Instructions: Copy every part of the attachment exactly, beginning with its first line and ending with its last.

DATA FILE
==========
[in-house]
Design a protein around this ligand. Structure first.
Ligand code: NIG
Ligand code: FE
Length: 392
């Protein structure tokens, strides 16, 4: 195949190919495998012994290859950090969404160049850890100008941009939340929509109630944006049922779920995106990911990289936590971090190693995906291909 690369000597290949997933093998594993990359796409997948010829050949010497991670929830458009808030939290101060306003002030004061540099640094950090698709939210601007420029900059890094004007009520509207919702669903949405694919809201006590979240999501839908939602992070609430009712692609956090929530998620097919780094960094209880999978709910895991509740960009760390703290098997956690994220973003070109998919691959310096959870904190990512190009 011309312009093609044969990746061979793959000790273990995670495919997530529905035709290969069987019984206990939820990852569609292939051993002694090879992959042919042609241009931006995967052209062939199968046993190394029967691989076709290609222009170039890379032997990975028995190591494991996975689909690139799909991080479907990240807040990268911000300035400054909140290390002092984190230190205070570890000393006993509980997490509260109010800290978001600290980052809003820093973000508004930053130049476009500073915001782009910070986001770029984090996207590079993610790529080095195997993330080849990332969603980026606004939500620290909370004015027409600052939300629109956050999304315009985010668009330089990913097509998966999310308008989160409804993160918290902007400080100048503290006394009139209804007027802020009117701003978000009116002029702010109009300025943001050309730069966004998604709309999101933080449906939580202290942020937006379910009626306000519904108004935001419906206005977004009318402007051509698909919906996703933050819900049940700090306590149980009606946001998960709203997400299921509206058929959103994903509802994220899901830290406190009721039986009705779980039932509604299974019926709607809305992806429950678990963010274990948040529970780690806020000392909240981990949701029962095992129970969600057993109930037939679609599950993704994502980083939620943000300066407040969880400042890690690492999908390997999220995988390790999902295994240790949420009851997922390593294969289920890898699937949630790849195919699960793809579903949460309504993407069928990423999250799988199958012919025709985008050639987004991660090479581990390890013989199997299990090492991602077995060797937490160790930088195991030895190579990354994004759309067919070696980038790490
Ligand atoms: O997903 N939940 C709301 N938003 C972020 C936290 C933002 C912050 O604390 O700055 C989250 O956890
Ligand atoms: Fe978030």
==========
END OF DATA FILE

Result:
[in-house]
Design a protein around this ligand. Structure first.
Ligand code: NIG
Ligand code: FE
Length: 392
């Protein structure tokens, strides 16, 4: 195949190919495998012994290859950090969404160049850890100008941009939340929509109630944006049922779920995106990911990289936590971090190693995906291909 690369000597290949997933093998594993990359796409997948010829050949010497991670929830458009808030939290101060306003002030004061540099640094950090698709939210601007420029900059890094004007009520509207919702669903949405694919809201006590979240999501839908939602992070609430009712692609956090929530998620097919780094960094209880999978709910895991509740960009760390703290098997956690994220973003070109998919691959310096959870904190990512190009 011309312009093609044969990746061979793959000790273990995670495919997530529905035709290969069987019984206990939820990852569609292939051993002694090879992959042919042609241009931006995967052209062939199968046993190394029967691989076709290609222009170039890379032997990975028995190591494991996975689909690139799909991080479907990240807040990268911000300035400054909140290390002092984190230190205070570890000393006993509980997490509260109010800290978001600290980052809003820093973000508004930053130049476009500073915001782009910070986001770029984090996207590079993610790529080095195997993330080849990332969603980026606004939500620290909370004015027409600052939300629109956050999304315009985010668009330089990913097509998966999310308008989160409804993160918290902007400080100048503290006394009139209804007027802020009117701003978000009116002029702010109009300025943001050309730069966004998604709309999101933080449906939580202290942020937006379910009626306000519904108004935001419906206005977004009318402007051509698909919906996703933050819900049940700090306590149980009606946001998960709203997400299921509206058929959103994903509802994220899901830290406190009721039986009705779980039932509604299974019926709607809305992806429950678990963010274990948040529970780690806020000392909240981990949701029962095992129970969600057993109930037939679609599950993704994502980083939620943000300066407040969880400042890690690492999908390997999220995988390790999902295994240790949420009851997922390593294969289920890898699937949630790849195919699960793809579903949460309504993407069928990423999250799988199958012919025709985008050639987004991660090479581990390890013989199997299990090492991602077995060797937490160790930088195991030895190579990354994004759309067919070696980038790490
Ligand atoms: O997903 N939940 C709301 N938003 C972020 C936290 C933002 C912050 O604390 O700055 C989250 O956890
Ligand atoms: Fe978030």